And now, for another installment in our series: How The Loon Terns, an exercise in skeptical thinking using Loons as a waterbird touchstone. (In case you missed it, the previous installment was here.)
Common Knowledge: Loons are driven off lakes by boaters. The literature from the 1970s and 1980s makes it clear that there was a reduction in loon populations on lakes that were previously more isolated, and have become more accessible, and suffered greater amounts of boat traffic. Boats cause several problems for loons, including a damaging wake, and presumably it is bad if a loon is run over by a boat. Generally speaking, though, this early literature seems mainly to say that loons like the quiet and isolation and are driven away by human business. One piece of literature I read from the mid 1980s states, and I paraphrase: “increasingly, loons have gown accustom to the intrusion of boats, but shouldn’t we ask ourselves, isn’t it better to have loons that live in their natural habitat of peace and quiet?”
Challenge: There is evidence that indicates a change in the need for loons to have an out of the way and quiet habitat, and certainly this is what I see in our local loons, who are happily raising offspring among a modest number of fishing boats, the occasional skier-dragging boat, and jet ski thingies. I’m sure that these boats distract and bother the loons to some extent, but my memory of the adirondacks in the 1970s is that lakes with boats tended to not have loons. That is clearly not the case with this lake.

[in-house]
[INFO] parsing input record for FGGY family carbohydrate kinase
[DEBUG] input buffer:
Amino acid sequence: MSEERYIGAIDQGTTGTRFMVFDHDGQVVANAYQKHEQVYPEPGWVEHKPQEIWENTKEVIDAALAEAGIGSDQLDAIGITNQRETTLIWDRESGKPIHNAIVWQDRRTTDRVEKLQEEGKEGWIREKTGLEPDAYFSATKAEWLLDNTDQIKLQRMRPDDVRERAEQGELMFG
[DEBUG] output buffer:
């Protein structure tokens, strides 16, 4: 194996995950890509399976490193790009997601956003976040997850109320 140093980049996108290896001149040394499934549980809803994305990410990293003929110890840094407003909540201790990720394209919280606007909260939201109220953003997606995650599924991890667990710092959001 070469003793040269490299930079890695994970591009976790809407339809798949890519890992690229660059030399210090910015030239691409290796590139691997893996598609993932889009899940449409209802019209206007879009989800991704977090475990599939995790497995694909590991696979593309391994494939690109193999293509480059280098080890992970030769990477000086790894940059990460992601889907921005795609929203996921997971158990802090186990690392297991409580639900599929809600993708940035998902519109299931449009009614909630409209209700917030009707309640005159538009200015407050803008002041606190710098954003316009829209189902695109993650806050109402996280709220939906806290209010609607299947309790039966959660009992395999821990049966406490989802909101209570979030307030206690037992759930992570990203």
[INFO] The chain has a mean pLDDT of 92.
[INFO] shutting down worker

What I do want to point out in particular is the assertion I refer to above: That even if the loons grow accustom to boats, don’t we still prefer the old kind of loon that didn’t like boats? I understand the sentiment that author is expressing . I would love to see far more lakes in Minnesota be inaccessible by car and to have no motorized boats. At the moment there are very few, and the average Minnesotan, when you suggest this to them, stares at you blankly like they have no idea what you just said. What is the point of a lake without a road? Minnesotans are only just now beginning to realize that if you divide up every bit of land into 120 foot frontage lots on lakes, eventually there will be nothing but houses (not even small cabins) on every single lake. It is almost too late to reverse this thinking here in Minnesota.
The problem with the statement, though, is that the original plan seemed to be to link loons, as a kind of large aquatic canary, to habitat preservation. But then the loons evolved (or changed in some other way) so the disappearance of the loons from a lake was no longer the indicator of habitat destruction and human encroachment on the natural world.
In general we have to be careful what “what if” models we use, because sometimes the reality underlying the model changes (or perhaps was never what we thought it was to begin with) and we are then left not only short one rhetorical tool, but perhaps with a tool that will work against us. “Never mind what those conservationists said! They told us the loons would all die if we built too many cabins and used too many boats! But look, the loons adapted to us! So, everything will adapt to us!!”
In the next installment: Miscellaneous other stuff. Don’t miss it!